By Lisa Sugarman
We all have goals that motivate us. You know, ambitions or aspirations or intentions that stir and inspire us to fight harder or go longer or be more devoted than we normally would be. And I think it’s fair to say that most people live in blissful ignorance of what they’re truly capable of, unless they have some kind of a carrot to chase that draws out their full potential. Cause let’s face it, when we’ve got some kind of emotional or physical or tangible goal dangling in front of us, it usually makes the wheels turn a little faster.
See, what I’ve always found so interesting is how vastly different peoples’ goals can be. And more interesting still, is how broad the measurement is for achieving them. I mean, for some people, their big goal may just be getting up out of bed every morning, getting dressed, and making it to work on time. While for others, it’s breaking physical barriers like climbing all forty-eight of the White Mountains’ 4000 footers or being the first American Ninja or skiing K2. Or maybe your goal is to smoke less or lose a hundred pounds or do three complete boy-style pushups without your forearms snapping.
And in terms of reaching your goals, think of it this way: A mile is still a mile no matter how long it takes you to run it. In other words, whatever your dream is, you’ll eventually get there at a pace that’s very uniquely your own. Because when it comes to goals, pace is really irrelevant. The bottom line is achievement of the goal, not how long acquisition actually takes.
Here’s the perfect example of exactly what I’m talking about.
Last Sunday, I ran a 5K road race with about 125 of my closest fourth, fifth, and sixth-grade girlfriends; all of whom I coach, along with an inspiring and devoted group of six other women. The race was the climax of our six-week season. We’ve all spent the last month and a half coaching this group of girls, training for and working toward 125 different goals. So interesting, isn’t it? Such a huge group of people, all working toward what appears to be the same end, but with 125 different mini goals woven just under the surface. Fascinating.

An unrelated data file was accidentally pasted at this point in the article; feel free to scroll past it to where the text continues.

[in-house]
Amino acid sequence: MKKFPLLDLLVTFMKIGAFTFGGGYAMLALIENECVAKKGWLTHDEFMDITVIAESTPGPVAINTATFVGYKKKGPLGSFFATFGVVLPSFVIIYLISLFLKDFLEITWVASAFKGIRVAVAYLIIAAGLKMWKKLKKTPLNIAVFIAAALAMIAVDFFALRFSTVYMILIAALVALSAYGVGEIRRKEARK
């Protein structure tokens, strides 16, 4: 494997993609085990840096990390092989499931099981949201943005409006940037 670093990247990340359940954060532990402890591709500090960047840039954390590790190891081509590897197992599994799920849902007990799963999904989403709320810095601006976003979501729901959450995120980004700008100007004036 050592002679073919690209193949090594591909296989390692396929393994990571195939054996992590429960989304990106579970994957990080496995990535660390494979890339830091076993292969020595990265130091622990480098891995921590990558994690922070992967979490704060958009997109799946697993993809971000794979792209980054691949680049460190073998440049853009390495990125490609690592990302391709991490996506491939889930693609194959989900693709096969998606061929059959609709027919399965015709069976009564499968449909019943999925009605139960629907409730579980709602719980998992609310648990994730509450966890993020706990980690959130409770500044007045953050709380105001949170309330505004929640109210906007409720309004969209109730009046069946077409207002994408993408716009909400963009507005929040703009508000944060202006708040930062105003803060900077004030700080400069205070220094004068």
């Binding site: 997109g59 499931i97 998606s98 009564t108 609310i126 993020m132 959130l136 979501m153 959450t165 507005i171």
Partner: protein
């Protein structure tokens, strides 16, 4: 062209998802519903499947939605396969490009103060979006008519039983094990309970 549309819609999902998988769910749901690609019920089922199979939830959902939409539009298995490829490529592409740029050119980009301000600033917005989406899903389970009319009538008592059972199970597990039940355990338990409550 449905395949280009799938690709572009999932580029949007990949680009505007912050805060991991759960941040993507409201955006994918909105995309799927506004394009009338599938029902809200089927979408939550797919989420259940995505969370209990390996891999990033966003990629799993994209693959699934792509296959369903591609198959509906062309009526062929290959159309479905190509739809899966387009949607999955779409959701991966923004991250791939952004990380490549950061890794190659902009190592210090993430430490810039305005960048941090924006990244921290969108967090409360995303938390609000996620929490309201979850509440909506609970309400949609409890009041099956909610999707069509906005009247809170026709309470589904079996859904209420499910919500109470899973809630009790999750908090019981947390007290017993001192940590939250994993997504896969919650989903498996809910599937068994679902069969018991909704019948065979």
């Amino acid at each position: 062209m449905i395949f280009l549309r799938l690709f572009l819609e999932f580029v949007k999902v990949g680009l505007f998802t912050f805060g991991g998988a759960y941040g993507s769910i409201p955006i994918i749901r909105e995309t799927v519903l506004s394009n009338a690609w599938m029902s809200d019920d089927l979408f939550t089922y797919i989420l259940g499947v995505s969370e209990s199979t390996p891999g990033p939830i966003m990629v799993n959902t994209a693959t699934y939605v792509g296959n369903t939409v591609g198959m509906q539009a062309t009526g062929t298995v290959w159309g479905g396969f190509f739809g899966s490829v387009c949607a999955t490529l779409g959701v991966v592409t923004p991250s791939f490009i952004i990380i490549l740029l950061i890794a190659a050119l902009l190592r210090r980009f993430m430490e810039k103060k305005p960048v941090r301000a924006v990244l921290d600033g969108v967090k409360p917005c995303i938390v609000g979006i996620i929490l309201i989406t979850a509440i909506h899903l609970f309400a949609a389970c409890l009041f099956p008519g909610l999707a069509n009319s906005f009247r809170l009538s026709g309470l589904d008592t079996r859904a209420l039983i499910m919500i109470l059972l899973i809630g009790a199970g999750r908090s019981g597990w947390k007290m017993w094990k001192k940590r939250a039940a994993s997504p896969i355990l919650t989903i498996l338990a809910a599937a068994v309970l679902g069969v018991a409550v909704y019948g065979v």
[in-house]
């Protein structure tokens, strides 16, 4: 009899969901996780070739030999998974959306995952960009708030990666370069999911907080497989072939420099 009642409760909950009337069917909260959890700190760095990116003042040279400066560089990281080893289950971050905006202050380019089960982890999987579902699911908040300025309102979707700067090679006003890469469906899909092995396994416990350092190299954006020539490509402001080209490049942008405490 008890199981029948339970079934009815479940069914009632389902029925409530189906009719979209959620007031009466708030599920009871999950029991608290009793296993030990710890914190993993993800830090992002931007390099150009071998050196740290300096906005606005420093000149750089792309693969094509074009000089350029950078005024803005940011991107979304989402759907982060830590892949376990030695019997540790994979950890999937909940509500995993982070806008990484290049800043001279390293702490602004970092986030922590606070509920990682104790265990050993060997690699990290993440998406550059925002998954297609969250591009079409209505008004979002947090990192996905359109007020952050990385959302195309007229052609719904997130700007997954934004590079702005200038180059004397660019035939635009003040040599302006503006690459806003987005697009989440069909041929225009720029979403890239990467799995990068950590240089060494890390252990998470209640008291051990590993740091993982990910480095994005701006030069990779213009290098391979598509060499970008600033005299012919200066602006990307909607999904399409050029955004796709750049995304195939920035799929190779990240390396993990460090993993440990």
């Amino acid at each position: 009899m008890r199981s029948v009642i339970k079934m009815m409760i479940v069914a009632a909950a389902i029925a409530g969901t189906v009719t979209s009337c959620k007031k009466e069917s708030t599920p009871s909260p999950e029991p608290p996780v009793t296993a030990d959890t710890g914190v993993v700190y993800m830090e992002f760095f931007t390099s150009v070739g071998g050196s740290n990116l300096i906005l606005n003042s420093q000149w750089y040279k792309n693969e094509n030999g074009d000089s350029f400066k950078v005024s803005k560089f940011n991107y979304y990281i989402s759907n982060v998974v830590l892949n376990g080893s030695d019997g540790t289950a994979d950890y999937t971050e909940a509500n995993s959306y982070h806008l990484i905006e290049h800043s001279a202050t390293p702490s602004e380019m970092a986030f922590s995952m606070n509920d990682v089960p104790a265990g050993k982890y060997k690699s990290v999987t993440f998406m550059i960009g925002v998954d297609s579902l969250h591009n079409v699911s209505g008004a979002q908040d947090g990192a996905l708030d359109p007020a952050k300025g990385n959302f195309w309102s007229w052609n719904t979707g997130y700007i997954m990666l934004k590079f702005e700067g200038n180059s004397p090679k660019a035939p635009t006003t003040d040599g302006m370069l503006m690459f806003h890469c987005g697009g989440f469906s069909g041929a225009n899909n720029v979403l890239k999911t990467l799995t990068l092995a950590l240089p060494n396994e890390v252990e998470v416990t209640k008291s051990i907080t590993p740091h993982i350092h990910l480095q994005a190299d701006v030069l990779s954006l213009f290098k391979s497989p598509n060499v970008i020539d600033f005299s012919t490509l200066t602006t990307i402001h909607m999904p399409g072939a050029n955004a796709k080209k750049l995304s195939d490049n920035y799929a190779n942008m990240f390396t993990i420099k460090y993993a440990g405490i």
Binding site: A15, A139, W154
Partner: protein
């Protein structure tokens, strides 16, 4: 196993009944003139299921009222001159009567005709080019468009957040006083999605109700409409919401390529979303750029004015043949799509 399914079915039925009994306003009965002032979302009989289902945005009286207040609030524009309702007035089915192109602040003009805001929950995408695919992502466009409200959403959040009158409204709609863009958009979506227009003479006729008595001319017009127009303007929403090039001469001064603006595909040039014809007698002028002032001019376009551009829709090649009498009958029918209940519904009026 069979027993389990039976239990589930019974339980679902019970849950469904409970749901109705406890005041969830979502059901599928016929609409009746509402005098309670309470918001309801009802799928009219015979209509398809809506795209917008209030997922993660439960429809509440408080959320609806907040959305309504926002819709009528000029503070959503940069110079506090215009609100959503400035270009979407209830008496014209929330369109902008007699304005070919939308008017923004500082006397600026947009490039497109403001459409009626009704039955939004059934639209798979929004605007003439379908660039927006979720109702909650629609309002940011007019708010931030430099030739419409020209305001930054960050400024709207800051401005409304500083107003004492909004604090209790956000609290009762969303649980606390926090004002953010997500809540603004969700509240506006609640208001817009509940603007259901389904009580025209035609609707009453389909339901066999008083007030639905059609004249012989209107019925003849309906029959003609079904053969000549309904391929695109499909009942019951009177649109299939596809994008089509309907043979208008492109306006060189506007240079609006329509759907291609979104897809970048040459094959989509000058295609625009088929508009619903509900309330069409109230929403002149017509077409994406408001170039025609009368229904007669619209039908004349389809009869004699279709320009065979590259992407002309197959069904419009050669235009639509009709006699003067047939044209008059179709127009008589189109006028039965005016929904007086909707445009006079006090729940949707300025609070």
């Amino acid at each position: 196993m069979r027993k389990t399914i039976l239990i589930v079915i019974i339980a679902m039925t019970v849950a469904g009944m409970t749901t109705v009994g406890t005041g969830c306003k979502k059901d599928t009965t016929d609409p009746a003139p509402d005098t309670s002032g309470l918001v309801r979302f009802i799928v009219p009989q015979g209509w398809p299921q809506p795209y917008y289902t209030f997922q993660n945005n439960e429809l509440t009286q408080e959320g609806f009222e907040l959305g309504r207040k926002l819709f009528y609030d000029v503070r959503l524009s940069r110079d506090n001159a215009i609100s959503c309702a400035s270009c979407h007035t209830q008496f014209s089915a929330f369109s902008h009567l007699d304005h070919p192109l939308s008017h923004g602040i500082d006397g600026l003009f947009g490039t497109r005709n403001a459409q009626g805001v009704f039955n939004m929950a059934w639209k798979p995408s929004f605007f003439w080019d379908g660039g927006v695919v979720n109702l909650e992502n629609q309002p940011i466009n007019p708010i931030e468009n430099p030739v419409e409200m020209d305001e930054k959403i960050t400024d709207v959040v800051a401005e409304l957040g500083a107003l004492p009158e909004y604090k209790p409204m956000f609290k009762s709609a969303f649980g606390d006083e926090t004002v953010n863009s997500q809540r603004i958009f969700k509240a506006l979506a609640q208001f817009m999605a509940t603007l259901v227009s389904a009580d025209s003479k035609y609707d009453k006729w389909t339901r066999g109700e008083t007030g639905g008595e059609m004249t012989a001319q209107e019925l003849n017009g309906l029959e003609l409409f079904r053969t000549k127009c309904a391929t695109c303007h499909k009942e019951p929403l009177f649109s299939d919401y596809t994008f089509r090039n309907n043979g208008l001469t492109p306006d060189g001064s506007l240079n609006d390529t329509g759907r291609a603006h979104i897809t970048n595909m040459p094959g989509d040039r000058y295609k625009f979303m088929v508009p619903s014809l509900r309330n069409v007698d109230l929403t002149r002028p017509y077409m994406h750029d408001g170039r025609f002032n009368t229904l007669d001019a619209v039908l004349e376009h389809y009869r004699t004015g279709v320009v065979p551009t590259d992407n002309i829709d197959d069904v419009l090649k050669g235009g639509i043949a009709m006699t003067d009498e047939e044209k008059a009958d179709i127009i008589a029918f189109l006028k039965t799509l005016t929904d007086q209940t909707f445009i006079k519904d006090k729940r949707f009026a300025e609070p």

For some, their goal was breaking a ten-minute mile or running a sub-eight for the first time. Or running without cramps. Or just making it around the course without stopping. Or without any sort of running-induced vomiting. While for others, just finishing the 3.1 mile run was all that mattered—regardless of how they looked crossing the line. Because after all, tripping into the end zone ass over elbow still gets you the six points, according to any NFL standard. Breaking the plane is a touchdown, regardless of how ugly it looks on the instant replay.
So I’m very proud to say that all of our girls and their friends and families and running buddies broke the plane and got the job done—because pace, as I’ve also learned, is completely relative. Every single one of them crossed the exact same finish line. And the cheers for the first girls were exactly as loud as they were for the last ones. That’s because each and every one of them instinctively knew what it meant to have a goal and to work toward it, regardless of what the goal was. So there was a mutual respect for everyone accomplishing what they set out to do.
And that right there is why I love having goals. It’s why finding something to metaphorically aim at—whatever that something is—ensures that you’re always aiming for something. Because shooting off rounds into wide open space without a target to hit generally won’t score you any marksmanship points. At best, it’ll just graze someone in the ass. That’s because without an objective you can’t very well have a mission, now can you?
Now of course, the best-case scenario is to have someone there with you to hold you accountable to your goal. And while it’s not absolutely necessary in terms of actually being successful, it’s mighty helpful in the long run if you’ve got someone calling you out when you’re slacking off. But not everyone has that luxury. Meaning you just have to police yourself. And while being responsible for ourselves isn’t always that easy, it’s more than doable with some modest effort.
So while it’s most definitely helpful to have a coach or a mentor or a sidekick to help keep your eye on the prize, the most important thing to have is a goal in the first place. Any kind of goal that keeps the momentum going. Because without something moving you forward, you’re really just standing still. And that doesn’t really accomplish anything, now does it?